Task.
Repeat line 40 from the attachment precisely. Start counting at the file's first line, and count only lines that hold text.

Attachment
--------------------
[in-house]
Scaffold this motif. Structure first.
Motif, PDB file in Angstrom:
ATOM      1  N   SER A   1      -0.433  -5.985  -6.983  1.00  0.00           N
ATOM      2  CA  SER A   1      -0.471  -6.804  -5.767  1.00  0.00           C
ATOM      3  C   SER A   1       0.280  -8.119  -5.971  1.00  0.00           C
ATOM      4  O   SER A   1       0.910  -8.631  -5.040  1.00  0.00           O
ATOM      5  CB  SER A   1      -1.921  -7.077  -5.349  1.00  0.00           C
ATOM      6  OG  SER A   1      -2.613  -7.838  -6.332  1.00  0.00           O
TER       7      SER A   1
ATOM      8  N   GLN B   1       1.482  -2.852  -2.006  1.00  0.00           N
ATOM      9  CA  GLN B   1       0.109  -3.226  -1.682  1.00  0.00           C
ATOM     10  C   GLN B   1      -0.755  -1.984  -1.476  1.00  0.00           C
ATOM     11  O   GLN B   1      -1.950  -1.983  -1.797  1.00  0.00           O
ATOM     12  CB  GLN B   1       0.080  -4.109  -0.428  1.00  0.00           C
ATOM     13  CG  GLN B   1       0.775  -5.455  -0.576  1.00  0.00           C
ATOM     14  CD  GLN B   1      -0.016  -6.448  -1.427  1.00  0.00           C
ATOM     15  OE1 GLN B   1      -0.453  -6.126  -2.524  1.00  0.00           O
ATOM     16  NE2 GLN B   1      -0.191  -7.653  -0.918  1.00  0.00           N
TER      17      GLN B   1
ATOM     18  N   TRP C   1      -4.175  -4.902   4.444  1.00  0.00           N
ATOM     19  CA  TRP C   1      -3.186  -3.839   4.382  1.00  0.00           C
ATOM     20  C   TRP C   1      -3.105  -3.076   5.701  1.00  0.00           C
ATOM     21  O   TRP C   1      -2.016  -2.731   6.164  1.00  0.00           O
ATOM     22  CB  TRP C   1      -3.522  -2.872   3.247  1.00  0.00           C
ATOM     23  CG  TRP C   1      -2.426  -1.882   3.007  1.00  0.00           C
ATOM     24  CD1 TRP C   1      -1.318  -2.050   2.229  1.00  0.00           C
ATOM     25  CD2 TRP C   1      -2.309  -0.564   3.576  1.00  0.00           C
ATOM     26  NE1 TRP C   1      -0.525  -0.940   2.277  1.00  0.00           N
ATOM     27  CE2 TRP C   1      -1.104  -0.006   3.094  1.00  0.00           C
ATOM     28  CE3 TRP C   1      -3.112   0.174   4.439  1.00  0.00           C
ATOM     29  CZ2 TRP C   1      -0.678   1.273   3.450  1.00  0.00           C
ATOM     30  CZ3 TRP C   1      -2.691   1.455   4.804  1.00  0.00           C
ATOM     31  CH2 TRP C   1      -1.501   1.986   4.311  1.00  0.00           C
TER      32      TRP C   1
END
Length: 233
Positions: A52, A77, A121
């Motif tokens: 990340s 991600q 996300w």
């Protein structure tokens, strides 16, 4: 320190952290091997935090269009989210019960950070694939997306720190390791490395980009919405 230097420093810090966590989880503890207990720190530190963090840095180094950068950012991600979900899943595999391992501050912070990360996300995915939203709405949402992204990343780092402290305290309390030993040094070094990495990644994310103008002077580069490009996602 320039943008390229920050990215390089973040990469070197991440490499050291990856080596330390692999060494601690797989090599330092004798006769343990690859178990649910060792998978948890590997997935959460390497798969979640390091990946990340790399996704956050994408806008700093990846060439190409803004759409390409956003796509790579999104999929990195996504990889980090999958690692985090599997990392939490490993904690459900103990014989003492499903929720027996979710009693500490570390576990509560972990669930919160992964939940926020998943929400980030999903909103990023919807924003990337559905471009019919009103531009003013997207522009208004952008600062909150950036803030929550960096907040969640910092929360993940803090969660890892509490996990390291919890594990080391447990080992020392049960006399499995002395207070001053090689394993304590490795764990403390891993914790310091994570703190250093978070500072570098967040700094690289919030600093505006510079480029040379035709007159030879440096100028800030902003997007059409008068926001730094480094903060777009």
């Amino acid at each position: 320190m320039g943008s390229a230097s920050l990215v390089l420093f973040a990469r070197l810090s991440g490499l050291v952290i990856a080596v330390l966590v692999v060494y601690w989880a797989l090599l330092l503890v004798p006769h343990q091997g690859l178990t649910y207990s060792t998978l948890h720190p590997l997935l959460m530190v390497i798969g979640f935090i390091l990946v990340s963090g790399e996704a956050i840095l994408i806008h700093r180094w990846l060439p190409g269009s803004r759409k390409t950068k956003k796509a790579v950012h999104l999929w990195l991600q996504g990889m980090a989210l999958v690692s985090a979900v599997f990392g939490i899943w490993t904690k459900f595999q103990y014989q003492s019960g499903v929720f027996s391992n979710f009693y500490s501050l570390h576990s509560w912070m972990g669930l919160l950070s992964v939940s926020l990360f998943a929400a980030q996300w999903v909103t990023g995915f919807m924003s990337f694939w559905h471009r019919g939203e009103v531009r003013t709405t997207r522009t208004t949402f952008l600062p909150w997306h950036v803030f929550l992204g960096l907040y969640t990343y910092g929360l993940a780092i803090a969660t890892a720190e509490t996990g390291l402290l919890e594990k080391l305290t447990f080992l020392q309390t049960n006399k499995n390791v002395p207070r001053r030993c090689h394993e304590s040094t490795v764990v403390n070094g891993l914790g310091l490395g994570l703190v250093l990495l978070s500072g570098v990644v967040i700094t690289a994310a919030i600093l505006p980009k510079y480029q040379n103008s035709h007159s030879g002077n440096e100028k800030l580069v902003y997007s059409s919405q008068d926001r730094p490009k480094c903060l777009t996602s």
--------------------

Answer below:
């Protein structure tokens, strides 16, 4: 320190952290091997935090269009989210019960950070694939997306720190390791490395980009919405 230097420093810090966590989880503890207990720190530190963090840095180094950068950012991600979900899943595999391992501050912070990360996300995915939203709405949402992204990343780092402290305290309390030993040094070094990495990644994310103008002077580069490009996602 320039943008390229920050990215390089973040990469070197991440490499050291990856080596330390692999060494601690797989090599330092004798006769343990690859178990649910060792998978948890590997997935959460390497798969979640390091990946990340790399996704956050994408806008700093990846060439190409803004759409390409956003796509790579999104999929990195996504990889980090999958690692985090599997990392939490490993904690459900103990014989003492499903929720027996979710009693500490570390576990509560972990669930919160992964939940926020998943929400980030999903909103990023919807924003990337559905471009019919009103531009003013997207522009208004952008600062909150950036803030929550960096907040969640910092929360993940803090969660890892509490996990390291919890594990080391447990080992020392049960006399499995002395207070001053090689394993304590490795764990403390891993914790310091994570703190250093978070500072570098967040700094690289919030600093505006510079480029040379035709007159030879440096100028800030902003997007059409008068926001730094480094903060777009």